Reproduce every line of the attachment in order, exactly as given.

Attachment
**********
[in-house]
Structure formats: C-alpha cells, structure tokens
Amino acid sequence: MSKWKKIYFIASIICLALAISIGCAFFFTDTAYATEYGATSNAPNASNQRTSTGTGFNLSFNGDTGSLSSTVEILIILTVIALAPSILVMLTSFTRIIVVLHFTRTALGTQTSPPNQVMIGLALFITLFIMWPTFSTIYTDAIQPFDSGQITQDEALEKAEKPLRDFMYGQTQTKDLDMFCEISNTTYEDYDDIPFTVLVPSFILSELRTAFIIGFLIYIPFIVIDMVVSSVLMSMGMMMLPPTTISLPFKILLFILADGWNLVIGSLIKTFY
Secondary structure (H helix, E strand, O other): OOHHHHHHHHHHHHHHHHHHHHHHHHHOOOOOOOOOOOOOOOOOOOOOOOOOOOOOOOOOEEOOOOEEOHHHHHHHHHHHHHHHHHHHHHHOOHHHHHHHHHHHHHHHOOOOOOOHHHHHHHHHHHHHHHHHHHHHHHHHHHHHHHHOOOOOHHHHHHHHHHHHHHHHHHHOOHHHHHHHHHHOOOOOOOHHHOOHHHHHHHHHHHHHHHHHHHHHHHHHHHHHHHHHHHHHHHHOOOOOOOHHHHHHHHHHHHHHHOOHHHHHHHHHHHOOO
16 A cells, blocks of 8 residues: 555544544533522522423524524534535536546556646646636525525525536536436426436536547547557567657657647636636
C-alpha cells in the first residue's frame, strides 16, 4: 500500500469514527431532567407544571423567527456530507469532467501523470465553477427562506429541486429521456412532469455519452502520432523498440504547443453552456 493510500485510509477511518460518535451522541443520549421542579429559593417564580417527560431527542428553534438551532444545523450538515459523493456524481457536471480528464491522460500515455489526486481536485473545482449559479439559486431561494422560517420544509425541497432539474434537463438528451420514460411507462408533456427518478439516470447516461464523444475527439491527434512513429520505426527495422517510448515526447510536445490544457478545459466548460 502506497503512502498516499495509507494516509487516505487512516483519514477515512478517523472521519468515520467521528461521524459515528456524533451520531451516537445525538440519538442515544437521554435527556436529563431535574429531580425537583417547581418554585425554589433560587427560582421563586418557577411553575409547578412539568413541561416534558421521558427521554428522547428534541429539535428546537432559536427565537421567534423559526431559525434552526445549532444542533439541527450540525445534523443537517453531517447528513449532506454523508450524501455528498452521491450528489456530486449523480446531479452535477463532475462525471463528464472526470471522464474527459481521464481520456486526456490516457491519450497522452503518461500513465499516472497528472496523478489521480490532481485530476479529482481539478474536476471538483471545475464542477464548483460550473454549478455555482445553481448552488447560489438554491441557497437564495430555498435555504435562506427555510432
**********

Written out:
[in-house]
Structure formats: C-alpha cells, structure tokens
Amino acid sequence: MSKWKKIYFIASIICLALAISIGCAFFFTDTAYATEYGATSNAPNASNQRTSTGTGFNLSFNGDTGSLSSTVEILIILTVIALAPSILVMLTSFTRIIVVLHFTRTALGTQTSPPNQVMIGLALFITLFIMWPTFSTIYTDAIQPFDSGQITQDEALEKAEKPLRDFMYGQTQTKDLDMFCEISNTTYEDYDDIPFTVLVPSFILSELRTAFIIGFLIYIPFIVIDMVVSSVLMSMGMMMLPPTTISLPFKILLFILADGWNLVIGSLIKTFY
Secondary structure (H helix, E strand, O other): OOHHHHHHHHHHHHHHHHHHHHHHHHHOOOOOOOOOOOOOOOOOOOOOOOOOOOOOOOOOEEOOOOEEOHHHHHHHHHHHHHHHHHHHHHHOOHHHHHHHHHHHHHHHOOOOOOOHHHHHHHHHHHHHHHHHHHHHHHHHHHHHHHHOOOOOHHHHHHHHHHHHHHHHHHHOOHHHHHHHHHHOOOOOOOHHHOOHHHHHHHHHHHHHHHHHHHHHHHHHHHHHHHHHHHHHHHHOOOOOOOHHHHHHHHHHHHHHHOOHHHHHHHHHHHOOO
16 A cells, blocks of 8 residues: 555544544533522522423524524534535536546556646646636525525525536536436426436536547547557567657657647636636
C-alpha cells in the first residue's frame, strides 16, 4: 500500500469514527431532567407544571423567527456530507469532467501523470465553477427562506429541486429521456412532469455519452502520432523498440504547443453552456 493510500485510509477511518460518535451522541443520549421542579429559593417564580417527560431527542428553534438551532444545523450538515459523493456524481457536471480528464491522460500515455489526486481536485473545482449559479439559486431561494422560517420544509425541497432539474434537463438528451420514460411507462408533456427518478439516470447516461464523444475527439491527434512513429520505426527495422517510448515526447510536445490544457478545459466548460 502506497503512502498516499495509507494516509487516505487512516483519514477515512478517523472521519468515520467521528461521524459515528456524533451520531451516537445525538440519538442515544437521554435527556436529563431535574429531580425537583417547581418554585425554589433560587427560582421563586418557577411553575409547578412539568413541561416534558421521558427521554428522547428534541429539535428546537432559536427565537421567534423559526431559525434552526445549532444542533439541527450540525445534523443537517453531517447528513449532506454523508450524501455528498452521491450528489456530486449523480446531479452535477463532475462525471463528464472526470471522464474527459481521464481520456486526456490516457491519450497522452503518461500513465499516472497528472496523478489521480490532481485530476479529482481539478474536476471538483471545475464542477464548483460550473454549478455555482445553481448552488447560489438554491441557497437564495430555498435555504435562506427555510432